“At Mont-Rigaud, we used to have 114 days of skiing, but in recent years, we are closer to 100,” he says. “If we go back 10, 15, 20 years, that’s a 14-day difference on the season in our area.”

Elie says their goal is to be 100 per cent open for the Christmas holidays. This two-week period makes up to 18 per cent of their annual revenue.

“People are on holidays, it’s like a weekend every day,” says Elie.

Brendan Mergl coming to a stop while skiing at Mont-Rigaud

Brendan Mergl coming to a stop while skiing at Mont-Rigaud. Photo by Evan Milner.

With warmer temperatures in early and mid-December, that means they must produce their own snow. Fortunately, today’s technology allows the hill to do this. However, the temperature can’t go above freezing for the snow cannons to be effective.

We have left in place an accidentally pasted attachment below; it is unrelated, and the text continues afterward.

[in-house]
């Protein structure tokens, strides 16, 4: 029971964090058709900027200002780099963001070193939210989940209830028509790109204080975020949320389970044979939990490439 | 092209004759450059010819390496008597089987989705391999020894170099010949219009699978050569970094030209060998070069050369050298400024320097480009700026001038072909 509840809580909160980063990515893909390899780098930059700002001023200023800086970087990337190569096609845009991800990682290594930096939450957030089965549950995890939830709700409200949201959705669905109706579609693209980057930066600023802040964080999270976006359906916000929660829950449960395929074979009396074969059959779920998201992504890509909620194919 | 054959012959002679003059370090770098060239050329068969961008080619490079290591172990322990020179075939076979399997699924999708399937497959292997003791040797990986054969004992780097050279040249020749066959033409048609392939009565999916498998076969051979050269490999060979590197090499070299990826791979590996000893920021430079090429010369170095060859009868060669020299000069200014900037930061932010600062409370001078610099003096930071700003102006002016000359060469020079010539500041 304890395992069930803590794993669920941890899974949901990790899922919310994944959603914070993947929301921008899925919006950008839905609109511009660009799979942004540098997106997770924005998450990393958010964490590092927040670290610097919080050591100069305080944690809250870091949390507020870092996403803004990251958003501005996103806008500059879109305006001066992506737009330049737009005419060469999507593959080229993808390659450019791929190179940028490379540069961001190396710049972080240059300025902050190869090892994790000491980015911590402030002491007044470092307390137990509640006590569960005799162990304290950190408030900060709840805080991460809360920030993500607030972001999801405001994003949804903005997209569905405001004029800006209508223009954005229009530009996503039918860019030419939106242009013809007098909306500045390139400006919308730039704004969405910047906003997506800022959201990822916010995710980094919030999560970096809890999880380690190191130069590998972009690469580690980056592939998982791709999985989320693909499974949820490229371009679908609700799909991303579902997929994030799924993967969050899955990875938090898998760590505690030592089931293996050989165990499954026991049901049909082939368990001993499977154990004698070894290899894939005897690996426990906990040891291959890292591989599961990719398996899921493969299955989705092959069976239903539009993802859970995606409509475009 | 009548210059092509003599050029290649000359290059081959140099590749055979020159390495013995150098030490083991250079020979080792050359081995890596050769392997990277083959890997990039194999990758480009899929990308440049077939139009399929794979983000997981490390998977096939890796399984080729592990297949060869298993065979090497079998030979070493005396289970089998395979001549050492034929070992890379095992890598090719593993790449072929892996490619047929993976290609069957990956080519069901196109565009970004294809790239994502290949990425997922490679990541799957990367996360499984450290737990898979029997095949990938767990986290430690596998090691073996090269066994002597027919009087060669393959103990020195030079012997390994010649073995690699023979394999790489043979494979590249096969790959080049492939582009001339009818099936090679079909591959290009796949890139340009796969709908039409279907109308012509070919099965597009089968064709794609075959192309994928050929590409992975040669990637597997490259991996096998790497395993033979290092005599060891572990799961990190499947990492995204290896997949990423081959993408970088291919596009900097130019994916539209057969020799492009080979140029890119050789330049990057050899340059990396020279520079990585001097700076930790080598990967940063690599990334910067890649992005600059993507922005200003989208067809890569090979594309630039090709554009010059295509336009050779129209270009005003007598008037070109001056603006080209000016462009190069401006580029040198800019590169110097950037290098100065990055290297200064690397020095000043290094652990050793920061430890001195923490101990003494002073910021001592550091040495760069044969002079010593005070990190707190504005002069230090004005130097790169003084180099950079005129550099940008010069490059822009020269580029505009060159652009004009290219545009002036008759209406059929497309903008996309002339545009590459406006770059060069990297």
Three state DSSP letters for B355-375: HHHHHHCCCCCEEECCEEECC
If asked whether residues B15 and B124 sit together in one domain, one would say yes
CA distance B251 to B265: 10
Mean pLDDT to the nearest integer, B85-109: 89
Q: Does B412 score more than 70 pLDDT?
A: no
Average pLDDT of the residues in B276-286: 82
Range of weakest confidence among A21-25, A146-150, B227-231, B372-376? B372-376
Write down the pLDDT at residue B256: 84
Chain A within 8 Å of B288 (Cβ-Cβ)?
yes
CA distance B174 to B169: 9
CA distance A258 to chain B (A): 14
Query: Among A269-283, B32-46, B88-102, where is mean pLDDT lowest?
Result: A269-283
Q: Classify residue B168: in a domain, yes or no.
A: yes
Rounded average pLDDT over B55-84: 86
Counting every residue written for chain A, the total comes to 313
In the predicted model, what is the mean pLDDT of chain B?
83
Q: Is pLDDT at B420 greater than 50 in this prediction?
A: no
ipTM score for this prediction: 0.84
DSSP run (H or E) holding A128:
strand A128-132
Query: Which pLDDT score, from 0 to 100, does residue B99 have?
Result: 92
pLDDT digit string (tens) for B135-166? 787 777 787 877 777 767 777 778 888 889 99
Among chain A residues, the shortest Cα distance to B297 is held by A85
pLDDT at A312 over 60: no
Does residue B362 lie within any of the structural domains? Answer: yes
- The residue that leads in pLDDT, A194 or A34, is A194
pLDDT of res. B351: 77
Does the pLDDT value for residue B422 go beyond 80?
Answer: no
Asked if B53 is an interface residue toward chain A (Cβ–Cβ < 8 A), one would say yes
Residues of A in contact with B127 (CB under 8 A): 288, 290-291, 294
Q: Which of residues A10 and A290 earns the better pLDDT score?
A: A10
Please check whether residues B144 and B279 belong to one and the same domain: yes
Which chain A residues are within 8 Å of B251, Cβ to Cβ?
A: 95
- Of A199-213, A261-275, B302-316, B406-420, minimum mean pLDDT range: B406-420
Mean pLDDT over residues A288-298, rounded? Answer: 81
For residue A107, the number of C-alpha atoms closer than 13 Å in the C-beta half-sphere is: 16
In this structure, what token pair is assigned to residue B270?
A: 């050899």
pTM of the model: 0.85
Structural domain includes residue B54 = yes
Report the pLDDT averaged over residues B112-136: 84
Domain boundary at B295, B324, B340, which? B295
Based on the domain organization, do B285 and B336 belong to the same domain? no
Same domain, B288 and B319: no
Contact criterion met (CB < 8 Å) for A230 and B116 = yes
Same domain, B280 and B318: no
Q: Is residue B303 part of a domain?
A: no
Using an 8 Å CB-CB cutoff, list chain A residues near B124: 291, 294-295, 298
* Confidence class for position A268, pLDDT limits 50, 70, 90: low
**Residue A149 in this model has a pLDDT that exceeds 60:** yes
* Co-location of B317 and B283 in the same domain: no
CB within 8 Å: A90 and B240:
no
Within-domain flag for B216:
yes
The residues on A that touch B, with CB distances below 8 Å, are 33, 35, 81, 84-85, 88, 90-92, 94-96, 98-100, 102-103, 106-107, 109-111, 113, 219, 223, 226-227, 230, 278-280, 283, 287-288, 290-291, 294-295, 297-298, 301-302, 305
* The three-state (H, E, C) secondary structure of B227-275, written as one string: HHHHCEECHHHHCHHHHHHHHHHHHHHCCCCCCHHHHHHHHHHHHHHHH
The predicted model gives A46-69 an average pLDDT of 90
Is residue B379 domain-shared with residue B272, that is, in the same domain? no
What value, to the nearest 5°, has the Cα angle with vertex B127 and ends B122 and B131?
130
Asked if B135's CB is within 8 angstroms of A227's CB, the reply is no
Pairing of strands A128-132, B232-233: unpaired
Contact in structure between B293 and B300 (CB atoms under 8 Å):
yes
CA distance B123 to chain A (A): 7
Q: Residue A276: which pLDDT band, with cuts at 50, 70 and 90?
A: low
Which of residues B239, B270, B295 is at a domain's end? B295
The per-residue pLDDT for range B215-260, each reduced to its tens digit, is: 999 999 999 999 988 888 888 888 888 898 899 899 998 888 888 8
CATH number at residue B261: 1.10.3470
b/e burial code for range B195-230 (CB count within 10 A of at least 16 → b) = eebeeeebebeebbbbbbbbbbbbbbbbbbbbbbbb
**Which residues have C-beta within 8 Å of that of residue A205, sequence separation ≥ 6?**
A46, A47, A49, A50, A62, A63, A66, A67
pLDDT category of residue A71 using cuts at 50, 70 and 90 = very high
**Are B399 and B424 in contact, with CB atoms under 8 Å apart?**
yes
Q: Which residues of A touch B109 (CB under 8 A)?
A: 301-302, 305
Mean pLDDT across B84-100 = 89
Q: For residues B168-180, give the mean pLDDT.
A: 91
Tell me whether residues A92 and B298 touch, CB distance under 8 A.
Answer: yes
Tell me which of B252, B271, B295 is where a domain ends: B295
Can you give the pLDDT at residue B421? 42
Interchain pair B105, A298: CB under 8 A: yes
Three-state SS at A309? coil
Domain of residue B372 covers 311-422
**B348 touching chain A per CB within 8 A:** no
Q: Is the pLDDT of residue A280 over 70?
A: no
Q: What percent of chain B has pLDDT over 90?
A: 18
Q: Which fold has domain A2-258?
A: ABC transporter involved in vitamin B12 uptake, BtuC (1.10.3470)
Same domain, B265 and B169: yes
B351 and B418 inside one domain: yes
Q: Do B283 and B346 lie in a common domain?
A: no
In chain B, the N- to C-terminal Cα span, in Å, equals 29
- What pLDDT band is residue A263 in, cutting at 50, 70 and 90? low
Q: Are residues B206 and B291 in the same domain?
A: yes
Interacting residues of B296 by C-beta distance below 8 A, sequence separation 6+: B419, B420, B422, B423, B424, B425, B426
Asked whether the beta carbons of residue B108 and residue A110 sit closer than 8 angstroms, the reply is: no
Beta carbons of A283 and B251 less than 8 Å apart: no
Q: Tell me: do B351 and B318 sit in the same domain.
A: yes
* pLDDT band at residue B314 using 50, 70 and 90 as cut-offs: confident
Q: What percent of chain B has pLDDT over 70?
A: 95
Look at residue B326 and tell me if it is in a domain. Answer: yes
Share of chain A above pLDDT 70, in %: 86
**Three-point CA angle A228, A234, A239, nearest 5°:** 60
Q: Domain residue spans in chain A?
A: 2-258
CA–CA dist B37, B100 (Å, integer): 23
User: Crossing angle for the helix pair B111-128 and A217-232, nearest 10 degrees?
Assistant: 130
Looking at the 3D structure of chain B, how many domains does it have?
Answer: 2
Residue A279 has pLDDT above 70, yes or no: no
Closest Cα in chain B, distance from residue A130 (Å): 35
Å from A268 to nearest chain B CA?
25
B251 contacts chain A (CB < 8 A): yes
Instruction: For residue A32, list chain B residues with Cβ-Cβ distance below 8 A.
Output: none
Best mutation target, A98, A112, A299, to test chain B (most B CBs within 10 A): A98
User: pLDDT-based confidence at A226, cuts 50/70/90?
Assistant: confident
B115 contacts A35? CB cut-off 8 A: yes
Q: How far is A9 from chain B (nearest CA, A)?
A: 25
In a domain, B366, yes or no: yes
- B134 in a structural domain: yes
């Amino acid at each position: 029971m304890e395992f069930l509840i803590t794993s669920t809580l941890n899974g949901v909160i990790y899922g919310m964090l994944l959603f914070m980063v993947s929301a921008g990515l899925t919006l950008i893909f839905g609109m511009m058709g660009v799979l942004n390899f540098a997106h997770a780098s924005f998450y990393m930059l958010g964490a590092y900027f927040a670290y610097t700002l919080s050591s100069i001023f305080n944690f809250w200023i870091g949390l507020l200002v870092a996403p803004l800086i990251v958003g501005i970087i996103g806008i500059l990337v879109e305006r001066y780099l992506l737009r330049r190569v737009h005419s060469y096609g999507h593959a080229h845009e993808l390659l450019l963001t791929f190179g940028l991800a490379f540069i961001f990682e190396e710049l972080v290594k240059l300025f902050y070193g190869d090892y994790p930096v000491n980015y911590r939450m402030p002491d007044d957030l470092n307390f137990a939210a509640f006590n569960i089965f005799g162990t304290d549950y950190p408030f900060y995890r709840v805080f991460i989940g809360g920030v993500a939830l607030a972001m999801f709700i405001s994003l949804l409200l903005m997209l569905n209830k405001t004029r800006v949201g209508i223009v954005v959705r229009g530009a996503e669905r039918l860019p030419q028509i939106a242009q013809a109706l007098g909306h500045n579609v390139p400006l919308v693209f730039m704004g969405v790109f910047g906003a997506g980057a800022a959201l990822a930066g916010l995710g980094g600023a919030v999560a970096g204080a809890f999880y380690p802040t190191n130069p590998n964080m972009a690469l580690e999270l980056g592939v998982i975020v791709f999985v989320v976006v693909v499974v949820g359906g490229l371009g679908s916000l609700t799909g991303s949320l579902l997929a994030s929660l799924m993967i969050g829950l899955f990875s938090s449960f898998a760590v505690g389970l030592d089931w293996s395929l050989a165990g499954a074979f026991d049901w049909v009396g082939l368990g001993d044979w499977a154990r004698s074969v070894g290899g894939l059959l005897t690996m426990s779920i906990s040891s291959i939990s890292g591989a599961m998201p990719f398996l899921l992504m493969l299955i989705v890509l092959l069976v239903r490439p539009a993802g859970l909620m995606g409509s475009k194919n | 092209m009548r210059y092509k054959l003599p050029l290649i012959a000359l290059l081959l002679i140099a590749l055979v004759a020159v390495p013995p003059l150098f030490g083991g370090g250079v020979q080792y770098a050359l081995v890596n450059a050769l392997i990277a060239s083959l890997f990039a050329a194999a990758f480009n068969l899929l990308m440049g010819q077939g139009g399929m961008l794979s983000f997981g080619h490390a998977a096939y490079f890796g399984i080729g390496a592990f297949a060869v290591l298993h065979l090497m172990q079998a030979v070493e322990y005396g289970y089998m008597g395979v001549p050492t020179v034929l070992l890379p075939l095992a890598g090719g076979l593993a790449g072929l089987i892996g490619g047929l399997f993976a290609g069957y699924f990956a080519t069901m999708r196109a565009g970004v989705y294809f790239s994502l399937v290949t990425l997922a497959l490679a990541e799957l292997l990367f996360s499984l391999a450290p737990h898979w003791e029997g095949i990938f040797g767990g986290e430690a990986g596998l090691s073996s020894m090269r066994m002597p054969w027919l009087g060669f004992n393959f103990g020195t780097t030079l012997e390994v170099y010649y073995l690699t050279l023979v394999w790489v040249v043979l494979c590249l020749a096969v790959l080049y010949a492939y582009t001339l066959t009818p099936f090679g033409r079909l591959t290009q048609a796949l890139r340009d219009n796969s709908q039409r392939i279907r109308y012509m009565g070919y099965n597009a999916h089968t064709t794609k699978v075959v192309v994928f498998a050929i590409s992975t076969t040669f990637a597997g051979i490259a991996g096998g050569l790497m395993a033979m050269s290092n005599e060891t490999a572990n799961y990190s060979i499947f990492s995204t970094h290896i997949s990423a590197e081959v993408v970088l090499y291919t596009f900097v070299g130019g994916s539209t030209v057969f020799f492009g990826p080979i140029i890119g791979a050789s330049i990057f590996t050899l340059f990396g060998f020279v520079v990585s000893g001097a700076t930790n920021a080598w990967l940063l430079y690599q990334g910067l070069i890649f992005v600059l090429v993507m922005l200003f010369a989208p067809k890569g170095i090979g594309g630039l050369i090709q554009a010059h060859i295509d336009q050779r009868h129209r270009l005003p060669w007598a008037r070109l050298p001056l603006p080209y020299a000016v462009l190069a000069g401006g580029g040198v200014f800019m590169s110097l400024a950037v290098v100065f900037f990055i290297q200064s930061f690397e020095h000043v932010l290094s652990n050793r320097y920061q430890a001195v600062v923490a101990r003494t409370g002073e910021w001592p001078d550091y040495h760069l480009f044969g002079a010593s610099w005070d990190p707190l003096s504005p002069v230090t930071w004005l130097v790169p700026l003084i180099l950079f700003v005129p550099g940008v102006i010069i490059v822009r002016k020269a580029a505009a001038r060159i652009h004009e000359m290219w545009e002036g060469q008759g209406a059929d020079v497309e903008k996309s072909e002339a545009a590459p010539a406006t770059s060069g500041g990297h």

“Usually, we start in November to produce snow. But we don’t really have that cold weather anymore in November and December,” says Elie. “It’s very hard on the system to open, close, open, close.”

Mitchell Dickau, a researcher and contributing author of a study on the decline of outdoor skating rinks in Montreal, attributes the warmer winters to the rate at which CO2 is currently being emitted into the atmosphere.

“If you take all the CO2 that we’ve emitted into the atmosphere since pre-industrial times, about 50 per cent of it has come in the last 30 years,” said Dickau. “What that means, is we’ve also seen a really fast increase in how quick our global average temperature is increasing.”

“Generally, you can just expect that every land surface on earth now is warmer than it was 150 years ago,” Dickau states.

Graph showing the rapid rise in average global temperature in the last 30 years

This graph is based on findings from NASA’s Goddard Institute for Space Studies (GISS), demonstrating the rapid rise in average global temperature in the last 30 years. Media by Evan Milner.